The evolution of justice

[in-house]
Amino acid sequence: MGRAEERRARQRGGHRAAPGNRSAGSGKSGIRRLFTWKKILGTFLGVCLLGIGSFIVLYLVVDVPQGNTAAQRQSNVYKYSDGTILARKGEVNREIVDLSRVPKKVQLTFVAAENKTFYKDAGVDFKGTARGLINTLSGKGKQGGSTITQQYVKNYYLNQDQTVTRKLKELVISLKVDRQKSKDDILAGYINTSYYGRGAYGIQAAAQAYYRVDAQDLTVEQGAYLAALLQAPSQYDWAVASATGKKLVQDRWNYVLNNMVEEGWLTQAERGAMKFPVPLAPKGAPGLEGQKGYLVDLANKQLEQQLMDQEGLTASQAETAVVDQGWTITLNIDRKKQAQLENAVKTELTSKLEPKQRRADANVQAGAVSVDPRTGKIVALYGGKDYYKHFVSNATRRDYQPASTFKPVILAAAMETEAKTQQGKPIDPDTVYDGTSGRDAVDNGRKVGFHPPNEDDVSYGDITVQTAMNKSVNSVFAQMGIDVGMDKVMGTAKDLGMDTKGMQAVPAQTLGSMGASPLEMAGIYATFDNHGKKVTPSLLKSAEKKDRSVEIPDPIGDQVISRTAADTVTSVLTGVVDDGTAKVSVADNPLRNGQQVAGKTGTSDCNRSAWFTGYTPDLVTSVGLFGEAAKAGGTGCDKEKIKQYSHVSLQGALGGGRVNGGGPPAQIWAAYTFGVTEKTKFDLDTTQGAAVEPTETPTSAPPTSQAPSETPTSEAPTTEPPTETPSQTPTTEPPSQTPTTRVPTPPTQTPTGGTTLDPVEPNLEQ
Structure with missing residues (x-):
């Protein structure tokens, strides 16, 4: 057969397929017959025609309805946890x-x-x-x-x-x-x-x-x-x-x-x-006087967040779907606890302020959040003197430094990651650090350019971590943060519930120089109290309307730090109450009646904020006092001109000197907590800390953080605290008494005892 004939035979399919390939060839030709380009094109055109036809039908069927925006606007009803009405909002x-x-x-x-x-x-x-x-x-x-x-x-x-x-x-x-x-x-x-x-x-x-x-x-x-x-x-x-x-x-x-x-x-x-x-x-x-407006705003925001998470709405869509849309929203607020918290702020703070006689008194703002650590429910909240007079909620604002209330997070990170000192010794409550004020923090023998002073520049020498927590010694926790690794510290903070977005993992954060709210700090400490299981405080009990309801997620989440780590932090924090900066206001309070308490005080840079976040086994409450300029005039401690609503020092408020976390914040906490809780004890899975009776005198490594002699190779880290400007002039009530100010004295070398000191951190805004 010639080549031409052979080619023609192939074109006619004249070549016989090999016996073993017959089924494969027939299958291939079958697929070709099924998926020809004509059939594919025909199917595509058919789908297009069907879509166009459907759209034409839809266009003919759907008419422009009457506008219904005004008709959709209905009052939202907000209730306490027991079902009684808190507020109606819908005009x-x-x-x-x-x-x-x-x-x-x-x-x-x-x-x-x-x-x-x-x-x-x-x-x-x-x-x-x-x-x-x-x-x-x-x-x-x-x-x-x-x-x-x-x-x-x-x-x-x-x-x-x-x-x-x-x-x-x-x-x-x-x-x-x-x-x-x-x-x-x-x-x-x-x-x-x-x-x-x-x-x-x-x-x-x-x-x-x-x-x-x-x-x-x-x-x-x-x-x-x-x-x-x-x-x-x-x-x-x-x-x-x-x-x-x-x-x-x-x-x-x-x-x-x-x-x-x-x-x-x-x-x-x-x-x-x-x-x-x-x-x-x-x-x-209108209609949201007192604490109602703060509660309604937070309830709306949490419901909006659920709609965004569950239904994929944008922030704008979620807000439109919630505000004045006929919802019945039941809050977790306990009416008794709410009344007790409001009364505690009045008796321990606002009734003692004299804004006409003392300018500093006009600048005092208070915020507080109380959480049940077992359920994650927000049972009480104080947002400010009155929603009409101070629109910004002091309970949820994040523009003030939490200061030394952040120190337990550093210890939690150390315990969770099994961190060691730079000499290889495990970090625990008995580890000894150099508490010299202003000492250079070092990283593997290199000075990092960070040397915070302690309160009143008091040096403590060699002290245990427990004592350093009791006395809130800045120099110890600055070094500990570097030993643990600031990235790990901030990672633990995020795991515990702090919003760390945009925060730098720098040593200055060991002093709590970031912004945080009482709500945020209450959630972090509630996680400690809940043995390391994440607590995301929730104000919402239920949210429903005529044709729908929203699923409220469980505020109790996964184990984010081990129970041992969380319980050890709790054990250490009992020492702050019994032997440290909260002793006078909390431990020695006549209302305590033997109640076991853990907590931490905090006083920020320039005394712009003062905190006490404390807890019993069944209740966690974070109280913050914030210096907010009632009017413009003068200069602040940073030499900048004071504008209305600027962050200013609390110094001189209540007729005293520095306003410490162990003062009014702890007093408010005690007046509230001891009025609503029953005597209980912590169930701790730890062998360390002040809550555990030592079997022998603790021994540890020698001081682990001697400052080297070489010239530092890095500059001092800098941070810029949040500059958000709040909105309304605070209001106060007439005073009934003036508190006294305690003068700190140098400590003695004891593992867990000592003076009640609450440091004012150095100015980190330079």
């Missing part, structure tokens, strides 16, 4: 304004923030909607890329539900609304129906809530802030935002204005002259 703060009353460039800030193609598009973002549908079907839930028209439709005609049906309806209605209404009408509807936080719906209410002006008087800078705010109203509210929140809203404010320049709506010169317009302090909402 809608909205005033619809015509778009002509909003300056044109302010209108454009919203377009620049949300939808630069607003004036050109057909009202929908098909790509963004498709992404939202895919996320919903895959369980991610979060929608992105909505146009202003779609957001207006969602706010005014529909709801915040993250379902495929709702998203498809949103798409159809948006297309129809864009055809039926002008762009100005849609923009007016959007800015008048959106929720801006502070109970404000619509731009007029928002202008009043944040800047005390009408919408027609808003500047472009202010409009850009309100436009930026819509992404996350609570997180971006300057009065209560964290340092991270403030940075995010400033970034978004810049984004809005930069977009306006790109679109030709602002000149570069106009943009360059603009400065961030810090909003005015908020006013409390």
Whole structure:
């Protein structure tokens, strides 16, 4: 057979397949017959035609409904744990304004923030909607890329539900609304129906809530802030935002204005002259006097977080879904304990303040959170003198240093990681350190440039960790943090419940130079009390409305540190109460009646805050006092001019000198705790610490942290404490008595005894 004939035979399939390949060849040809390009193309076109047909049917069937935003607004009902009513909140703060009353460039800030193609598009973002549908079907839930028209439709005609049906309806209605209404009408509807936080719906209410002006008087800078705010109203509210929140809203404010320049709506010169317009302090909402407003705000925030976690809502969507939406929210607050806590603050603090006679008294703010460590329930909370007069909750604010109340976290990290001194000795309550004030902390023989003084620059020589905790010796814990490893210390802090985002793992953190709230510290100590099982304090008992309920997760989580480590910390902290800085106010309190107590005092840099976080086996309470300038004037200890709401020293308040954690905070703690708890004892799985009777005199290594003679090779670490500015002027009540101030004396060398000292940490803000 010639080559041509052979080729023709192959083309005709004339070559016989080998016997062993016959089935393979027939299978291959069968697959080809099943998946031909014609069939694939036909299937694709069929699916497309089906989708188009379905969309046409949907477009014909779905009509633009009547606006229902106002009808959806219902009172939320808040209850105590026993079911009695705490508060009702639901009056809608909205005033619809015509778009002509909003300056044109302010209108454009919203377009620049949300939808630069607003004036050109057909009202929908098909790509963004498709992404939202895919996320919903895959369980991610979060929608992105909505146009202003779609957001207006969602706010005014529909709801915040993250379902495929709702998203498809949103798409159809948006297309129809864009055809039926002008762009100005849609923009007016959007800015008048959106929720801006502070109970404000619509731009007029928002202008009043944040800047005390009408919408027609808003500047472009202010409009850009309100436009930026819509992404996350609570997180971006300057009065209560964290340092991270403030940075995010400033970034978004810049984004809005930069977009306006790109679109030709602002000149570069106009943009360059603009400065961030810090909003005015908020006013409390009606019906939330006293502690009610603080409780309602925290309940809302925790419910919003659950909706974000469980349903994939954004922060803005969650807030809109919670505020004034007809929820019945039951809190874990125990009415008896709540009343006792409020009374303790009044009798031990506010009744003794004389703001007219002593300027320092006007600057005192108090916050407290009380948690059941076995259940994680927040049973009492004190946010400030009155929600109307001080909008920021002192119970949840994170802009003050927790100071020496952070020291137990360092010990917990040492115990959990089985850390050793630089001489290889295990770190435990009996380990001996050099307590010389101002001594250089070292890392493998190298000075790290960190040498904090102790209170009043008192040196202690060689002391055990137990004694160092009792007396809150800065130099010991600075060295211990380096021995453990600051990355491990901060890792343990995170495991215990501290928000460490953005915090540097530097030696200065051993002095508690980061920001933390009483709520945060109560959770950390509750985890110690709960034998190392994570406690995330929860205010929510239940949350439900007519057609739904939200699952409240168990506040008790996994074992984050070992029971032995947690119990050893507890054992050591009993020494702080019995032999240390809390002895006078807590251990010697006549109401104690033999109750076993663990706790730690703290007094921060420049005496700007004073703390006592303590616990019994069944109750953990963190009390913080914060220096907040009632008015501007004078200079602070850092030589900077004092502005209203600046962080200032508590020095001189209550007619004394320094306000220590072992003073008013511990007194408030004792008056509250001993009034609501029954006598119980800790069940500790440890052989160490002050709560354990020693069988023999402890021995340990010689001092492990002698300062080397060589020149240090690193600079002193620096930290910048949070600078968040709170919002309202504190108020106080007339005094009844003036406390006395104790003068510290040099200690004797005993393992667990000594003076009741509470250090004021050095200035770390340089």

Chimpanzees, our closest relatives, turn a blind eye to crimes that don’t affect them directly, suggesting that third-party punishment— the foundation of complex societies governed by laws s and courts—is a uniquely human development. German researchers trained chimpanzees to 1 play one of three roles while facing one another in cages: One was given access to food within reach of his cage, another could 1 pull a rope to steal the food for himself, and the third could push a button to “punish” the thief by preventing him from getting the treat. None of the chimps pushed the button to punish the thief—even when the victim was a close relative. But when chimps were given the chance to punish the thief for stealing from them, they did. That suggests that humans’ innate sense of justice, which “can allow for cooperation to move beyond simple tit-for-tat,” evolved after our species split from chimps some 5 million years ago, Keith Jensen, a developmental psychologist at Queen Mary University of London, tells Humans’ heightened cooperative capacity was likely key to their evolving bigger brains—and more successful societies— than those of their primate peers.